Prolog LanguageOperators

Predefined operators

Predefined operators according to ISO/IEC 13211-1 and 13211-2:

1200xfx:- -->
1200fx:- ?-Directive, query
700xfx= \\=Term unification
700xfx== \\== @< @=< @> @>=Term comparison
700xfxis =:= =\= < > =< >=Arithmetic evaluation and comparison
600xfy:Module qualification
500yfx+ - /\ \/
400yfx* / div mod // rem << >>
200xfx**Float power
200xfy^Variable quantification, integer power
200fy+ - \Arithmetic identity, negation ; bitwise complement

Many systems provide further operators as an implementation specific extension:

1150fxdynamic multifile discontiguous initializationStandard directives
1150fxmode public volatile block meta_predicate
900fyspy nospy

Operator declaration

In Prolog, custom operators can be defined using op/3:

op(+Precedence, +Type, :Operator)

  • Declares Operator to be an operator of a Type with a Precedence. Operator can also be a list of names in which case all elements of the list are declared to be identical operators.

  • Precedence is an integer between 0 and 1200, where 0 removes the declaration.

  • Type is one of: xf, yf, xfx, xfy, yfx, fy or fx where f indicates the position of the functor and x and y indicate the positions of the arguments. y denotes a term with a precedence lower or equal to the precedence of the functor, whereas x denotes a strictly lower precedence.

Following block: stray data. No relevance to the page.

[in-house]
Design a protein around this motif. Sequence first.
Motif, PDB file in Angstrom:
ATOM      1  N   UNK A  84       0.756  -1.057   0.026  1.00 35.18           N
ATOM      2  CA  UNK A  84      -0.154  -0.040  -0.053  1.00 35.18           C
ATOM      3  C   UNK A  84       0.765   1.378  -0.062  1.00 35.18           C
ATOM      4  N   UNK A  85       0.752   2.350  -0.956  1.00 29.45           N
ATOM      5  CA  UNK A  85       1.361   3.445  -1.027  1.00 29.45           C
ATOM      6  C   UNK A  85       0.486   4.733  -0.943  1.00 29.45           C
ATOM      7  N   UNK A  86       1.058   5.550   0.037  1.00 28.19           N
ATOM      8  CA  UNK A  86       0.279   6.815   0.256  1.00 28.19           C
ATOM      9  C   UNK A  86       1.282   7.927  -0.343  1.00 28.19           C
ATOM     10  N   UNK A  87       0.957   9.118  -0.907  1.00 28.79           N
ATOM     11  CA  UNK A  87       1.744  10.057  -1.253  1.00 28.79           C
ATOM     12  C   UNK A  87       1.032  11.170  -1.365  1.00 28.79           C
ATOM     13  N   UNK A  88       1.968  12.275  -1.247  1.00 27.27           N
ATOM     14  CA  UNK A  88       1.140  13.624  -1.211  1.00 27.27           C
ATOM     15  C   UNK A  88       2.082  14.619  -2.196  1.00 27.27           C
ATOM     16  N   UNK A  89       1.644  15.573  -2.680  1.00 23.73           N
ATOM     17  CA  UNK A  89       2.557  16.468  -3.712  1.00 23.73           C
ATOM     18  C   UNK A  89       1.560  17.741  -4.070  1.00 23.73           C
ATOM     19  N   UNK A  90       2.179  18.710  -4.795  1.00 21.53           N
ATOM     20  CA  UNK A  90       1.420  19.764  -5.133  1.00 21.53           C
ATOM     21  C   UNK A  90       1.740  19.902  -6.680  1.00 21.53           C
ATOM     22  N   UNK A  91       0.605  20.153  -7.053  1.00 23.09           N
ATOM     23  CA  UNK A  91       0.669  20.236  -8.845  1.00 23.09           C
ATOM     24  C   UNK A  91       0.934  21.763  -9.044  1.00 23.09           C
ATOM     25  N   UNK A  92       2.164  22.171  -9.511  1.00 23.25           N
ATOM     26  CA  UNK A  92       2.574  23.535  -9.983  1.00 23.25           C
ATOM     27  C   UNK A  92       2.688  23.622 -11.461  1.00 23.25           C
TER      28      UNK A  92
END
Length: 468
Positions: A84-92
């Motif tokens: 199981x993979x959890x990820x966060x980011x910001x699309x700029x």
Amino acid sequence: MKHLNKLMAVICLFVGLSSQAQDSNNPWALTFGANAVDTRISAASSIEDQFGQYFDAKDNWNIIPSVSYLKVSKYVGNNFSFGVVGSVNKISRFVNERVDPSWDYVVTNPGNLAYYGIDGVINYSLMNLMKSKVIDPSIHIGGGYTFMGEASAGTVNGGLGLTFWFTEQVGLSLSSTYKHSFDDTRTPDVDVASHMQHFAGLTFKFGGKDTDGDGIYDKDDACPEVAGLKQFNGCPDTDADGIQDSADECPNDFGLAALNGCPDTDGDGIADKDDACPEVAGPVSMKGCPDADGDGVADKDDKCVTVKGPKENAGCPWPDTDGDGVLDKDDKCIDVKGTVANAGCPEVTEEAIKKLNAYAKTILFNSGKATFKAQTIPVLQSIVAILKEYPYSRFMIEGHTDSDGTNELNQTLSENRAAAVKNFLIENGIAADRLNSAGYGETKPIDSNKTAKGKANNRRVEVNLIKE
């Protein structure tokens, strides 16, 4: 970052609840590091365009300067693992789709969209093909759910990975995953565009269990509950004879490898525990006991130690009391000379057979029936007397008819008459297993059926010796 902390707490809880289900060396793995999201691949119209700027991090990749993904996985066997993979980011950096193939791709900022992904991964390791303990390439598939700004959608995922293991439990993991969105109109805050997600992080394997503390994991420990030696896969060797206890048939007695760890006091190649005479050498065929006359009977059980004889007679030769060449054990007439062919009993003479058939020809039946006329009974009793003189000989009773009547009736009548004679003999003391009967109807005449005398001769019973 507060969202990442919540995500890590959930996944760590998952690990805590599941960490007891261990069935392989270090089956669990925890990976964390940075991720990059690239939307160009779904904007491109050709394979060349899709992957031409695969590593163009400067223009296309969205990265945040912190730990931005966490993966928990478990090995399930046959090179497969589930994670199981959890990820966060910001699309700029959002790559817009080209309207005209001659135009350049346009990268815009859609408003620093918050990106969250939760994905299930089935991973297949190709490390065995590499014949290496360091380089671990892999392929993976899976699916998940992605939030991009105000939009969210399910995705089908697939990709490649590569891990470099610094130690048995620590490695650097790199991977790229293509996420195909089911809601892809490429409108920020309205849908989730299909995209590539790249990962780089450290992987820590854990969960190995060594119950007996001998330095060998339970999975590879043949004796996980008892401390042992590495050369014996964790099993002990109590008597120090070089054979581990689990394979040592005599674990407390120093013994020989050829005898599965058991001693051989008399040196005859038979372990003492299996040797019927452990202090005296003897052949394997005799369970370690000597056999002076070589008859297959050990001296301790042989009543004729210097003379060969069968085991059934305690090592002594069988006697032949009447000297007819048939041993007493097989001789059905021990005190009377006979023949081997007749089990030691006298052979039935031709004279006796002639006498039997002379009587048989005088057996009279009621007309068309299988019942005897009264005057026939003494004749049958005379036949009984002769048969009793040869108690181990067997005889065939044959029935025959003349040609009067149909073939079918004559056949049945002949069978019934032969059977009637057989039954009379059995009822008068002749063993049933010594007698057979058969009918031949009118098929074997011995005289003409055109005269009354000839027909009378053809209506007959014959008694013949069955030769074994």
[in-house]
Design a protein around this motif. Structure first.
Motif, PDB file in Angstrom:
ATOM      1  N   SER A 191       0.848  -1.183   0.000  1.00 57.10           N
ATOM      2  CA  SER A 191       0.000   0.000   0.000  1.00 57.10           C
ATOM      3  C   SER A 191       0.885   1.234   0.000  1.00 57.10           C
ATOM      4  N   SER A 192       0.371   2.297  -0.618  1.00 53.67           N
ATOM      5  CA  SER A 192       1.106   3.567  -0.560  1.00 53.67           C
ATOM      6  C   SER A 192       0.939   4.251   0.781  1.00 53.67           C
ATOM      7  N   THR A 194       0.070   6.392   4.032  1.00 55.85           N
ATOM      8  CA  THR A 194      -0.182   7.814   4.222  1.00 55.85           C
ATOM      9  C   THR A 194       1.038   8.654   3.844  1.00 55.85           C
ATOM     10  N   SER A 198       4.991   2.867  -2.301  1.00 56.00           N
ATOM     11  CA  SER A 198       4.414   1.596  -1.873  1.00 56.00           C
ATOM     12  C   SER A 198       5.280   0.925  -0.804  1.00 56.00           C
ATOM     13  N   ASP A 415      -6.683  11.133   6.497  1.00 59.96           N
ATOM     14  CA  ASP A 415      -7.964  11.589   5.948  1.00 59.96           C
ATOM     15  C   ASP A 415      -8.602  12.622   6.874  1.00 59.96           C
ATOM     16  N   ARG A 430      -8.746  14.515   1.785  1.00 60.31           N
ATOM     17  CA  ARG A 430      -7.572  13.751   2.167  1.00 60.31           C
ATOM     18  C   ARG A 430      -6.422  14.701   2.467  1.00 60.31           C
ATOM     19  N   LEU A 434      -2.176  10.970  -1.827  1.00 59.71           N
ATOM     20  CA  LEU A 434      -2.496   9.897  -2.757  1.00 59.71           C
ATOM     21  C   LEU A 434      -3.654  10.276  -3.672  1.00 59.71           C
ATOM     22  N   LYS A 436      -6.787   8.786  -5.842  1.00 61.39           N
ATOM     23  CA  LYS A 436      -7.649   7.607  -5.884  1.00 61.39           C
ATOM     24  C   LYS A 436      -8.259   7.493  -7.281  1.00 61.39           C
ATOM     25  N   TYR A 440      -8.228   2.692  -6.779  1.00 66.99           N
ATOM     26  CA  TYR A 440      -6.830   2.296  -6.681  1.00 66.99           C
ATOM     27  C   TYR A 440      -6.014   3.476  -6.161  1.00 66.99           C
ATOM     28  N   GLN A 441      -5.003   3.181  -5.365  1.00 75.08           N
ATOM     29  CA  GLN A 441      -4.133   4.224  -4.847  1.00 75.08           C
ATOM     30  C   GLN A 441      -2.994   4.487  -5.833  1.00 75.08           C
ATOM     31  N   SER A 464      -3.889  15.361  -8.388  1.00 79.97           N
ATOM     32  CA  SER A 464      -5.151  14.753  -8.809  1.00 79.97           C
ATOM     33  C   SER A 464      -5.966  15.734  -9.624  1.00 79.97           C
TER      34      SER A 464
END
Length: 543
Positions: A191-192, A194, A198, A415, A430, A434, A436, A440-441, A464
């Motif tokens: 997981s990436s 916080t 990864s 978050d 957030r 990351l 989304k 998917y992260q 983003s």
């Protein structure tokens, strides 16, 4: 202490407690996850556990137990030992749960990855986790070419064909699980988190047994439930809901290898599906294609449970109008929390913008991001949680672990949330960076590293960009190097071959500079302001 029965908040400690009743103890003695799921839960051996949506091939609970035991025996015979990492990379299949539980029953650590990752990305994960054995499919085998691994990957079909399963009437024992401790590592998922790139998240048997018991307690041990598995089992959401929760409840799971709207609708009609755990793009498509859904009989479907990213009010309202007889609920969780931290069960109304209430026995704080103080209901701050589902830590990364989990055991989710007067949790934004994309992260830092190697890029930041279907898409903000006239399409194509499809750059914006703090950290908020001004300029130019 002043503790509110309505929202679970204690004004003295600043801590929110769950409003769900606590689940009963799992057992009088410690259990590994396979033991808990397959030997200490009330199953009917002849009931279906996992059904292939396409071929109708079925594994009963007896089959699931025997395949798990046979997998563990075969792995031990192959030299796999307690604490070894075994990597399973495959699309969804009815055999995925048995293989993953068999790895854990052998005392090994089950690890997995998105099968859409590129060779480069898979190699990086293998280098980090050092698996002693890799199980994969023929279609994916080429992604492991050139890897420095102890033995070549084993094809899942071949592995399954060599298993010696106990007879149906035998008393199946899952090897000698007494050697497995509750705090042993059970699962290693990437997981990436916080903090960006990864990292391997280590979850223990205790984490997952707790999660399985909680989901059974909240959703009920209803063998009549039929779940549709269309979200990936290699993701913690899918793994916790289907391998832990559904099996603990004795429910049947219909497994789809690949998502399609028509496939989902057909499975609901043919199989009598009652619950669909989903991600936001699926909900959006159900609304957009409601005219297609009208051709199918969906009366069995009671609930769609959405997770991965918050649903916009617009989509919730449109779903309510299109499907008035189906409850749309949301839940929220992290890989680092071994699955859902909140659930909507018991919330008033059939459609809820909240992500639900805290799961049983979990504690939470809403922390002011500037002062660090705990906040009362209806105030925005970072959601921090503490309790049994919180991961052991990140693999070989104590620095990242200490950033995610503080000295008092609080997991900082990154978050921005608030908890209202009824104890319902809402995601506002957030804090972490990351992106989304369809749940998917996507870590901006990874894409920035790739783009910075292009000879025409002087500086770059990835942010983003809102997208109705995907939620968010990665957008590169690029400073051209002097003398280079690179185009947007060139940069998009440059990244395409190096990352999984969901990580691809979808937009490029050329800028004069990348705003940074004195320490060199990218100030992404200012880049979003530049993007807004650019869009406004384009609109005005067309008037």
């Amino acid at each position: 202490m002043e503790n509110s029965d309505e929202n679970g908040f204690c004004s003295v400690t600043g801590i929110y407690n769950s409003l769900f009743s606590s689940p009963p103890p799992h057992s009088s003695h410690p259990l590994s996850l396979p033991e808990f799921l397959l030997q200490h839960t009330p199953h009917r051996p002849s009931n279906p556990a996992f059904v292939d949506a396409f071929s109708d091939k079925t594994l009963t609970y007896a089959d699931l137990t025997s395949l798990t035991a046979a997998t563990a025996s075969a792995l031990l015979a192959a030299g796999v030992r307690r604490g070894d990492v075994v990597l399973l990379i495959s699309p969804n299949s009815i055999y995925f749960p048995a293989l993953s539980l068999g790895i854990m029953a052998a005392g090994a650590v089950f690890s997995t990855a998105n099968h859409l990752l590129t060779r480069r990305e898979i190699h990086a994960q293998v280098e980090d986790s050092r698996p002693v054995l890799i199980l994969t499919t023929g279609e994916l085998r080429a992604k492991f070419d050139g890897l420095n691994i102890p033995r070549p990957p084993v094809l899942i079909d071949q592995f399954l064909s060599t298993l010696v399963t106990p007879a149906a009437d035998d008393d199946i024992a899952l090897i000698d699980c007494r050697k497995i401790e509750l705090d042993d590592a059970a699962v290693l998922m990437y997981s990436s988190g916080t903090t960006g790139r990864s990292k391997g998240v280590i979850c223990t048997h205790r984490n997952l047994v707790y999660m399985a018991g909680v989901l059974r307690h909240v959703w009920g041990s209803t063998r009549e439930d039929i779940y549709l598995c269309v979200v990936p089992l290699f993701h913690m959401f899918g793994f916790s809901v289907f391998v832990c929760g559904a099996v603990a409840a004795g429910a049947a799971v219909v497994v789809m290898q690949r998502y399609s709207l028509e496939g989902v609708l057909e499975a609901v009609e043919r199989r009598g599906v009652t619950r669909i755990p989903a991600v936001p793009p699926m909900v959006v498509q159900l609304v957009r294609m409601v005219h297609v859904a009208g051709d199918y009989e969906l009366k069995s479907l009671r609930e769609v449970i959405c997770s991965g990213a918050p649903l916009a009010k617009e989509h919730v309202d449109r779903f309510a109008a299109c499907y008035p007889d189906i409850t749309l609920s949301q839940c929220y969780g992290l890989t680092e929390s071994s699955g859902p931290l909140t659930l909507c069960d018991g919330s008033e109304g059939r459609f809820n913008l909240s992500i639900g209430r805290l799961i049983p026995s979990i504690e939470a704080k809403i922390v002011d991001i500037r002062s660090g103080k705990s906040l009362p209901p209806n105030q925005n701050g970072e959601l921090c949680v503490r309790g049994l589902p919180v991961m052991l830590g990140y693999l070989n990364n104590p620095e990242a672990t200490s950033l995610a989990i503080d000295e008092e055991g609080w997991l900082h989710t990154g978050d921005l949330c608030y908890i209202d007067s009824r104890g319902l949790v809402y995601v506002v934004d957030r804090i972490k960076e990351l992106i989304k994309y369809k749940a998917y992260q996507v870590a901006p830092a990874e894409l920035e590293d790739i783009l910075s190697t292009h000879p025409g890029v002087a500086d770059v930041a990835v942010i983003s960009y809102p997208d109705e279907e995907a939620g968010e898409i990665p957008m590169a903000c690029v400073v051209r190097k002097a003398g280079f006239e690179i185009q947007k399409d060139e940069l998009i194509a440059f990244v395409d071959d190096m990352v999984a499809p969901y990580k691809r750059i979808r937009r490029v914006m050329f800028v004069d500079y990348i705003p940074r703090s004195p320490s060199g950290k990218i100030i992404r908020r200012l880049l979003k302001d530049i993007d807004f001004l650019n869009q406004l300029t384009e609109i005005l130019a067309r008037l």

• Prefix: fx , fy
    • Infix: xfx (not associative), xfy (right associative), yfx (left associative)
    • Postfix: xf , yf

Example usage:

:- op(900, xf, is_true).

X_0 is_true :-

Example query:

?- dif(X, a) is_true.
dif(X, a).

Term ordering

Two terms may be compared via the standard ordering:

variables @< numbers @< atoms @< strings @< structures @< lists


  • Structures compare alphabetically by functor first, then by arity and lastly by the comparison of each argument.

  • Lists compare by length first, then by each element.

Order operatorSucceeds if
X @< YX is less than Y in the standard order
X @> YX is greater than Y in the standard order
X @=< YX is less than or equal to Y in the standard order
X @>= YX is greater than or equal to Y in the standard order

Example queries:

?- alpha @< beta.

?- alpha(1) @< beta.

?- alpha(X) @< alpha(1).

?- alpha(X) @=< alpha(Y).

?- alpha(X) @> alpha(Y).

?- compound(z) @< compound(inner(a)).

Term equality

Equality operatorSucceeds if
X = YX can be unified with Y
X \= YX cannot be unified with Y
X == YX and Y are identical (i.e. they unify with no variable bindings occurring)
X \== YX and Y are not identical
X =:= YX and Y are arithmetically equal
X =\= YX and Y are not arithmetically equal